U.S. Supreme Court
SCOTUSblog publisher expresses frustration with press pass appeal
By Lorelei Laird
Jun 6, 2014, 05:45 pm CDT
Tom Goldstein, the founder and publisher of SCOTUSblog, wrote a lengthy blog post Thursday expressing frustration with its lack of a Senate press pass.
In April, the blog and one of its reporters, veteran reporter Lyle Denniston, were denied credentials by the Senate Press Gallery. (Denniston still has a press credential issued through WBUR in Boston.) The blog appealed those decisions in a May 23 hearing before the Standing Committee of the Senate Press Gallery, with arguments that focused heavily on the issue of the blog’s editorial independence from Goldstein’s law firm, Goldstein & Russell.
But, wrote Goldstein yesterday, the lack of credentials has hurt blog editor Amy Howe’s ability to cover a June 4 Senate Judiciary Hearing on legislation intended to overturn recent Supreme Court decisions. According to the post, Howe arrived early but was unable to get into the hearing until it was halfway over. This made it harder for Howe to cover protests and other untelevised developments, Goldstein wrote, and “seems to be a good illustration of why we need and deserve a press credential.”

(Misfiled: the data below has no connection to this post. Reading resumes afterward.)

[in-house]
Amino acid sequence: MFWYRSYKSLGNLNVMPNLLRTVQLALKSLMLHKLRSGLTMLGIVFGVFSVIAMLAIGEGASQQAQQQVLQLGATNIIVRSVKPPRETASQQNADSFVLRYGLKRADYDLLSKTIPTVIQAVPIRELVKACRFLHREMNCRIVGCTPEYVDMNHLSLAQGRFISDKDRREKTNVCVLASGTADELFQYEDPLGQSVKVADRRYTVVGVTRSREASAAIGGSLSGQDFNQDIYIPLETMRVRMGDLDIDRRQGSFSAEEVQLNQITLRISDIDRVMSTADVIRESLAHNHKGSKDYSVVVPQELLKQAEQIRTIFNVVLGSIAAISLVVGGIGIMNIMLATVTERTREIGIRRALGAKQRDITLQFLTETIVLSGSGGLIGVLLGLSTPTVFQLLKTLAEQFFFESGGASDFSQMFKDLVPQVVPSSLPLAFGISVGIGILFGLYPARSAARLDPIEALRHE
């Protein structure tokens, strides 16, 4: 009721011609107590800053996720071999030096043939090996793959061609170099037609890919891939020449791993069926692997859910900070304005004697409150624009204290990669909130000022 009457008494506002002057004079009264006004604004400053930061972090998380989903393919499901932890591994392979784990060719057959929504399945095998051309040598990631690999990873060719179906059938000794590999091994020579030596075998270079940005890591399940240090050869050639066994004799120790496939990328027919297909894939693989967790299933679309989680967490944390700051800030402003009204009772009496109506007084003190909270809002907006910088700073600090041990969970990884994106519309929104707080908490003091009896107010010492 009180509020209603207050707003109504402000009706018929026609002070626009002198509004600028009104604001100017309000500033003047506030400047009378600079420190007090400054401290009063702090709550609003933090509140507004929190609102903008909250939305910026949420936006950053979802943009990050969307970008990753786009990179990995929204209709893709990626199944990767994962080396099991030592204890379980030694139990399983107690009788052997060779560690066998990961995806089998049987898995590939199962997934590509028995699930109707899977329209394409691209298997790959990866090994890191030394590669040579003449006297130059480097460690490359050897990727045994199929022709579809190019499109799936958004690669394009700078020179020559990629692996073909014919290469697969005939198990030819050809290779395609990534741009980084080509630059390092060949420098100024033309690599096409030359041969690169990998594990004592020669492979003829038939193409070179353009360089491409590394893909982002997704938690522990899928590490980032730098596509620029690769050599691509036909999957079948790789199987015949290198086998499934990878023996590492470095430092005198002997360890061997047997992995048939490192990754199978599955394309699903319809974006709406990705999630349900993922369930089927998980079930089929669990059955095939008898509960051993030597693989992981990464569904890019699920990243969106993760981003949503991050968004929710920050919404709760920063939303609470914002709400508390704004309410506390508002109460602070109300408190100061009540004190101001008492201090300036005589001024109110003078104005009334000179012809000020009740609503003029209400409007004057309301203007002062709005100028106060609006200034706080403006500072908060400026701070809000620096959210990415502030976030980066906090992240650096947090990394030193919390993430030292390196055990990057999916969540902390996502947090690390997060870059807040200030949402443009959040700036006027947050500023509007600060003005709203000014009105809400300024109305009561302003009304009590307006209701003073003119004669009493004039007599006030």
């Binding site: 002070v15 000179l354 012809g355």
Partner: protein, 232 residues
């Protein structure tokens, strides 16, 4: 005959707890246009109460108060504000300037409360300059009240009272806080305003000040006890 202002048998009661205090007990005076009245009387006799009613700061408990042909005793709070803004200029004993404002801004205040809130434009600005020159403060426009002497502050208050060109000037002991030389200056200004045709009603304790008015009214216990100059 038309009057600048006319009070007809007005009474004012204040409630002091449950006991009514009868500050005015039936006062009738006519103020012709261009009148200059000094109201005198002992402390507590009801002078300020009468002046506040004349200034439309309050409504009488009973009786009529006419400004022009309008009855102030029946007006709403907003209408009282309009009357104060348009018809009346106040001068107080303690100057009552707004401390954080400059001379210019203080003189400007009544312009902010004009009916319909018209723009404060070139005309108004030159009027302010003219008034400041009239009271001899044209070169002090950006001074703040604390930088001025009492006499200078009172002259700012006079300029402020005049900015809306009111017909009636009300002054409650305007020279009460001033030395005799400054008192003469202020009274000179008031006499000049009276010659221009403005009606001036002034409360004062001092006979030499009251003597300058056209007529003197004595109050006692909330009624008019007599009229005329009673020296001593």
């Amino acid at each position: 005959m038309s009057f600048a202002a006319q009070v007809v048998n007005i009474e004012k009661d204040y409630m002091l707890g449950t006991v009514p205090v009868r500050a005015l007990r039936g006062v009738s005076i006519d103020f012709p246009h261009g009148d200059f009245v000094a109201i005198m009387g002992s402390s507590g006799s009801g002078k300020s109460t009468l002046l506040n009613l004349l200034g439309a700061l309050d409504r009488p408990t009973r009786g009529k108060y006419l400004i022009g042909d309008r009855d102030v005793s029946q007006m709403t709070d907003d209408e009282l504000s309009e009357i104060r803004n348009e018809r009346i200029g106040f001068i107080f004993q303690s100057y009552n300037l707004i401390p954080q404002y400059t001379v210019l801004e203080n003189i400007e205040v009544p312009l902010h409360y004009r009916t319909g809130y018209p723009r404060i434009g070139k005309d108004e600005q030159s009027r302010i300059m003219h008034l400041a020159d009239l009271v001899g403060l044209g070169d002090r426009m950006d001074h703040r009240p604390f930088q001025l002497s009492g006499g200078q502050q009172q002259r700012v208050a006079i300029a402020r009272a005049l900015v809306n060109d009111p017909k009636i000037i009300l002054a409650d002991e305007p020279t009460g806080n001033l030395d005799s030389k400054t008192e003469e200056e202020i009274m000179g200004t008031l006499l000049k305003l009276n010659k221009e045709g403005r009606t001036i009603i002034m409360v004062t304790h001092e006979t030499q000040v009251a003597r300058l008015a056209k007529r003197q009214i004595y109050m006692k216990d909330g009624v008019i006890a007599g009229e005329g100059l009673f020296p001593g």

Goldstein went on to criticize the Standing Committee’s apparent focus on the blog’s editorial independence from his law firm. Committee chair Siobhan Hughes of the Wall Street Journal told the New York Times on June 2 that the committee looks at whether “the editorial side is independent of any group that … is not principally a news organization.”
Goldstein noted that the committee has issued press credentials to state-controlled news organizations, industry publications associated with related commercial businesses and a freelance gossip columnist. He also outlined his efforts to separate the blog, financially and editorially, from his law firm.
And he noted that the Standing Committee is made up of working journalists that regulate competitors’ access to the part of government they cover.
“The Committee seems intent on interpreting its standard in a way that gives its members extraordinary power to exclude—and in particular to exclude an emerging model of competitors,” he wrote.
More than just Senate access may be at stake; the Supreme Court traditionally takes its cue on press credentials from the Senate. Goldstein said in April that he expects to sue if the appeal is denied.